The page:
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Version: 29.0

Isolated Modules option

By default ts-jest uses TypeScript compiler in the context of a project (yours), with full type-checking and features. But it can also be used to compile each file separately, what TypeScript calls an 'isolated module'. That's what the isolatedModules option (which defaults to false) does.

You'll lose type-checking ability and some features such as const enum, but in the case you plan on using Jest with the cache disabled (jest --no-cache), your tests will then run much faster.

Here is how to disable type-checking and compile each file as an isolated module:


/** @type {import('ts-jest').JestConfigWithTsJest} */
module.exports = {
// [...]
transform: {
// '^.+\\.[tj]sx?$' to process js/ts with `ts-jest`
// '^.+\\.m?[tj]sx?$' to process js/ts/mjs/mts with `ts-jest`
'^.+\\.tsx?$': [
isolatedModules: true,


Using isolatedModules: false comes with a cost of performance comparing to isolatedModules: true. There is a way to improve the performance when using this mode by changing the value of include in tsconfig which is used by ts-jest. The least amount of files which are provided in include, the more performance the test run can gain.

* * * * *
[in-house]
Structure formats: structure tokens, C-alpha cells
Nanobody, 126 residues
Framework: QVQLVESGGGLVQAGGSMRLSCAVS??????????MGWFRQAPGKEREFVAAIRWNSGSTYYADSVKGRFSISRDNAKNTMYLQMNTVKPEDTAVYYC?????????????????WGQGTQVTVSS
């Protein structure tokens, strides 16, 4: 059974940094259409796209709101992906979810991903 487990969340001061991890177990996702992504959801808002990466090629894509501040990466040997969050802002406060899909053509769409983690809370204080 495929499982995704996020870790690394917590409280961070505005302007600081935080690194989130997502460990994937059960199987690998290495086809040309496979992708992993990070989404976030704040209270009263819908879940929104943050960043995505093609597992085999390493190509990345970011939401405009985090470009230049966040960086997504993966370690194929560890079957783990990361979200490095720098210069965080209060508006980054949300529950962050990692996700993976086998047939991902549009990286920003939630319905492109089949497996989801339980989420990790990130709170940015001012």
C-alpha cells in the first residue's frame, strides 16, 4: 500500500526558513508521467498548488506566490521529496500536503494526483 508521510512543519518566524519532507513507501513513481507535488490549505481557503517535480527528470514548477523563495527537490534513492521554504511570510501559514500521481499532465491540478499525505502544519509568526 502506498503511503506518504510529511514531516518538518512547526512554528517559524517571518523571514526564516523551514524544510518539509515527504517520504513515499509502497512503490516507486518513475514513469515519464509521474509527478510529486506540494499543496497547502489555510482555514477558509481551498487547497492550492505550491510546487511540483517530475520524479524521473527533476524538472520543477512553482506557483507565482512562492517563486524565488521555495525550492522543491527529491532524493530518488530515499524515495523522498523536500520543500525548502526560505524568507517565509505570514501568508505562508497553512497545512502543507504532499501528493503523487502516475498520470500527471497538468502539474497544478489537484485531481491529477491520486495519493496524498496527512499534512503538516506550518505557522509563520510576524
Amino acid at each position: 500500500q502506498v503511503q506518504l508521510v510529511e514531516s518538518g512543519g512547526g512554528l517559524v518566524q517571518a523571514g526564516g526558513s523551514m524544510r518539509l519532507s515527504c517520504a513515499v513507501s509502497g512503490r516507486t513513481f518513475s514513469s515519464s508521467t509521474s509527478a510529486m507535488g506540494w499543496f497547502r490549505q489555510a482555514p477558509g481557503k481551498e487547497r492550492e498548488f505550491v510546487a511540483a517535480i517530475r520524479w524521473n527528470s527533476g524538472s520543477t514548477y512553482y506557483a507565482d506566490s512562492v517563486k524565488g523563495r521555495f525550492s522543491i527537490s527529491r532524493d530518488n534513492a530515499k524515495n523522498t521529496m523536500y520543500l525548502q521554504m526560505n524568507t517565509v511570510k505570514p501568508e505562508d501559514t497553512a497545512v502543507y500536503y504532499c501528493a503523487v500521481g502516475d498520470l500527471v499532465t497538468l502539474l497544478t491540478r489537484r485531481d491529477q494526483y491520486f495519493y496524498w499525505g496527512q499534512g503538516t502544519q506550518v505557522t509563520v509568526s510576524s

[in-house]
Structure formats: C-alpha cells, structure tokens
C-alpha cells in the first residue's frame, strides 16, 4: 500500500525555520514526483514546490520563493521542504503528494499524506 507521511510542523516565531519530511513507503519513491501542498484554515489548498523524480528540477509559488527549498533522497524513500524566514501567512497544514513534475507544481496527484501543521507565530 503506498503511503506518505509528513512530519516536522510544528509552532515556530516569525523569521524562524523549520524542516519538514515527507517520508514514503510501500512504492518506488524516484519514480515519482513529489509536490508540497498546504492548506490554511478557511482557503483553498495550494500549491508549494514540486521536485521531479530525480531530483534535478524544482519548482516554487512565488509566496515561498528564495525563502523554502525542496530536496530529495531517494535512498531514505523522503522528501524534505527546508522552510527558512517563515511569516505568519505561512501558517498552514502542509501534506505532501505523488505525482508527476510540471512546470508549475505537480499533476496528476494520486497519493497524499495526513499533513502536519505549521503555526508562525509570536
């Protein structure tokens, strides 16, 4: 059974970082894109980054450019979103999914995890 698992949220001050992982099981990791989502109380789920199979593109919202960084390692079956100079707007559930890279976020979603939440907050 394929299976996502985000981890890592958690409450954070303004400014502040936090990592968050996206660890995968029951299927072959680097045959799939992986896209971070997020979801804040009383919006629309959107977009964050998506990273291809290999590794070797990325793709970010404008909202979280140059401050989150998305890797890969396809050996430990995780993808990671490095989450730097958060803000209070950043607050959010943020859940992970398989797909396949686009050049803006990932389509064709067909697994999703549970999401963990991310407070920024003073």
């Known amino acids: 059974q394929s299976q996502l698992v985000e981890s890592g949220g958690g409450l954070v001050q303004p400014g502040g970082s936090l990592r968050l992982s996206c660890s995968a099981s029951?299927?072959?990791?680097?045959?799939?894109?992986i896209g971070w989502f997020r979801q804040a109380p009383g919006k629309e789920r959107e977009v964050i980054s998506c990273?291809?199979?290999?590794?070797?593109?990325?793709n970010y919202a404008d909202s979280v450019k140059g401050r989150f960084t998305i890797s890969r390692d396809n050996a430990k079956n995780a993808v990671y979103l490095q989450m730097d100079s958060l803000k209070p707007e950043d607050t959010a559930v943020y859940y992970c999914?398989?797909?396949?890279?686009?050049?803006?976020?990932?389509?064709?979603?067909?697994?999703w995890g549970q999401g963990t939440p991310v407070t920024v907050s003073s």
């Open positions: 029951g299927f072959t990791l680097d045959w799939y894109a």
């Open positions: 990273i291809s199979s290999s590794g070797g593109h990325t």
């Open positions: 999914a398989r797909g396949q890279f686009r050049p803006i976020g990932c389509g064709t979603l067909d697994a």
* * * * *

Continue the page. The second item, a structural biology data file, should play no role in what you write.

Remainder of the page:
// tsconfig.json
// ...other configs
"include": ["my-typings/*", "my-global-modules/*"]


Limiting the amount of files loaded via include can greatly boost performance when running tests. However, the trade off is ts-jest might not recognize all files which are intended to use with jest. One can run into issues with custom typings, global modules, etc...

The suggested solution is what is needed for the test environment should be captured by glob patterns in include, to gain both performance boost and avoid breaking behaviors.